New American is a good definition for Rusconi’s American Kitchen. The term American describes the entire menu while new provides Rusconi an opportunity to fuse his personality into the food. For Rusconi, it’s a showcase and reverence for his North American upbringing and culinary background.
His menu starters are genuine American fare such as boneless short ribs, grilled asparagus, shrimp and wild arugula salad and chilled avocado and spicy cucumber soup. The only thing that gives the restaurant a southwestern spirit is the occasional use of chile or a cilantro sprinkling. For instance, the boneless rib appetizers ($12) are served with a savory ancho-chile chocolate sauce, topping vanilla scented potatoes; grilled asparagus tossed with a piquillo pepper jus and Laura Chenel goat cheese. ($8) or the shrimp and wild arugula salad, mixed with citrus, mango, pine nuts for added texture, and Fresno chilies ($10).
This restaurant is Rusconi. It’s his life travels, and personal evolution with California inspired dishes such as grilled melon and wild arugula ($8) or in the soup above. Chicago is present with Durham Ranch buffalo sirloin ($14), pecan wood grilled beef tenderloin medallions ($25) or with the short rib appetizer. Representing Vermont are the artisan cheeses with spiced nuts and grilled crostini ($11) and the baby field greens with crispy Coach Farms goat cheese served with slices of duck prosciutto, spicy balsamic and grilled peaches ($9). The “kitchen” board is a selection of house-cured meats made exclusively by Rusconi and hand-selected cheeses from California ($14). House cured olives, and hand-jarred pickled vegetables accompany this menu mainstay.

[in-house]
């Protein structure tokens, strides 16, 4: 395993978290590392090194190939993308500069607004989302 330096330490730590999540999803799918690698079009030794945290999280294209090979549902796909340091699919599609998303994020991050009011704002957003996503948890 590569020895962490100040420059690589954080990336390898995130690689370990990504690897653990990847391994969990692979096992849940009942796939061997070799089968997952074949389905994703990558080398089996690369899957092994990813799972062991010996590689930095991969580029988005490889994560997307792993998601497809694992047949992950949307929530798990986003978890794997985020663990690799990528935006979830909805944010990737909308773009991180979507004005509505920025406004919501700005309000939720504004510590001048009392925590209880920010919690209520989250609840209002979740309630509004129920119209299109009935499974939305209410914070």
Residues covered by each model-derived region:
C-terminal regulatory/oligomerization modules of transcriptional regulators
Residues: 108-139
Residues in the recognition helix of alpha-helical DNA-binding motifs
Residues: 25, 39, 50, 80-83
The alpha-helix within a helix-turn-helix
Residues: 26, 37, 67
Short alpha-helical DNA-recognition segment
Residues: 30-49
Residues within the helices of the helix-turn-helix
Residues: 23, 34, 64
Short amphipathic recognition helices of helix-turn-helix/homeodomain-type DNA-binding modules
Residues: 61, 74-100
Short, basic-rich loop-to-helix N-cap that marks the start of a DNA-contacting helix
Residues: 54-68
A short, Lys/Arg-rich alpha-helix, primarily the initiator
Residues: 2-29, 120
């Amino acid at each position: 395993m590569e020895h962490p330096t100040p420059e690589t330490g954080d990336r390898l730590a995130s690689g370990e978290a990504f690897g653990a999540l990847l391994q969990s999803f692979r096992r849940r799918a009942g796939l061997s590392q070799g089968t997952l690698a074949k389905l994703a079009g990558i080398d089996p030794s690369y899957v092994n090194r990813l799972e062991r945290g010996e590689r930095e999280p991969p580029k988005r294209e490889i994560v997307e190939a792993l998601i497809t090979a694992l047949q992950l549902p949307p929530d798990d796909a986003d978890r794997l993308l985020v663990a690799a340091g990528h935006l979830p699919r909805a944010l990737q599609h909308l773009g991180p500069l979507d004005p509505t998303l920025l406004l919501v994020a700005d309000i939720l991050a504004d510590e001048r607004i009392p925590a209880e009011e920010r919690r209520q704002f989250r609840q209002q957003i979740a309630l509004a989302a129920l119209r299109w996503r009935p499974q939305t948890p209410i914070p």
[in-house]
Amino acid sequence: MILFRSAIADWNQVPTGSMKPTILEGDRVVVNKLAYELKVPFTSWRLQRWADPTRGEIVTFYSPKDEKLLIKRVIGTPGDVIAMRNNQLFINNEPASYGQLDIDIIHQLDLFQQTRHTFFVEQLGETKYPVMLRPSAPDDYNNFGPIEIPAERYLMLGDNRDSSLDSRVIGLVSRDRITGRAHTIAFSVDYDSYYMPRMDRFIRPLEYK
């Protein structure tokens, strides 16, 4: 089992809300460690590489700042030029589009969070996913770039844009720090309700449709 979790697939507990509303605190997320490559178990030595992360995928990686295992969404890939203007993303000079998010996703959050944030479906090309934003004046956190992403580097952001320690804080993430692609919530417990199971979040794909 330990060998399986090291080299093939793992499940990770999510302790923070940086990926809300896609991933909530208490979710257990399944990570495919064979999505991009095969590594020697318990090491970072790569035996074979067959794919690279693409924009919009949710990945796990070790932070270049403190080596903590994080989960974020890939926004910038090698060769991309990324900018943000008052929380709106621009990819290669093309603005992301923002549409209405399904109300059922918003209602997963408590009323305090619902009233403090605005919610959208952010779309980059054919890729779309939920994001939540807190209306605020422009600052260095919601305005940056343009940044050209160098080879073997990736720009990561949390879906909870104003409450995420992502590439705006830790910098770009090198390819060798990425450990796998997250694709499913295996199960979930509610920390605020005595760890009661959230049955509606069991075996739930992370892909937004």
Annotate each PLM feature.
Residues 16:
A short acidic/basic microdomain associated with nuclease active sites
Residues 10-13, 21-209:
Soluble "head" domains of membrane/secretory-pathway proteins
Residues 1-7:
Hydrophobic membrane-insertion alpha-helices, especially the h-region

On the evening that we dined, we started with an entrée of roasted sea scallops ($28) split between us. Not being a fan of sea scallops in restaurants, I was hesitant. When overcooked, the mollusks are chewy like a new radial tire. It takes precision to get them from cooking surface to plate. Rusconi seared the sea flesh in butter, presenting a brilliant crispy crust, and a succulent center. Combined with the other ingredients — smoked bacon, grilled corn, grits, jicama, frisee and parsley sauce — each bite was a balance of tastes and textures.
The scallops were followed by a luscious grilled salmon ($22). The fish, noted as sustainable, is grilled and finished with a blackberry glaze. The sugary fruit melts into the medium-rare preparation allowing for a sweet and savory composition.
Lastly, a garlic and herb crusted rack of lamb ($28), provided a counterpoint to the two seafood dishes. Served with roasted garlic, fava beans, and celery root gnocchi, the lamb cooked to a perfect medium-rare, didn’t break new culinary ground. Still, it was thoroughly enjoyable. We don’t need to have our dinners be as exciting as a new Michael Bay movie every single time.
At the end of the meal, we were presented with four desserts. An overload of sugar to be sure but the standouts were the Brie Cheesecake ($6) and the Warm Dark Chocolate Bread Pudding ($6), a cross between chocolate cake and brioche soaked in chocolate. Neither were overly cloying and were simple yet elegant presentations to end a very enjoyable meal.
To a visiting diner from out of state or just on the other side of Phoenix’s expansive metropolis is whether to eat chef Rusconi’s food? And yes, it’s worth the travel from hotel to the strip mall. Rusconi’s American Kitchen isn’t breaking new epicurean ground but what he does do is provide extremely good meals at an exceptional price point. Unfortunately, that can’t be said in other cities in the country.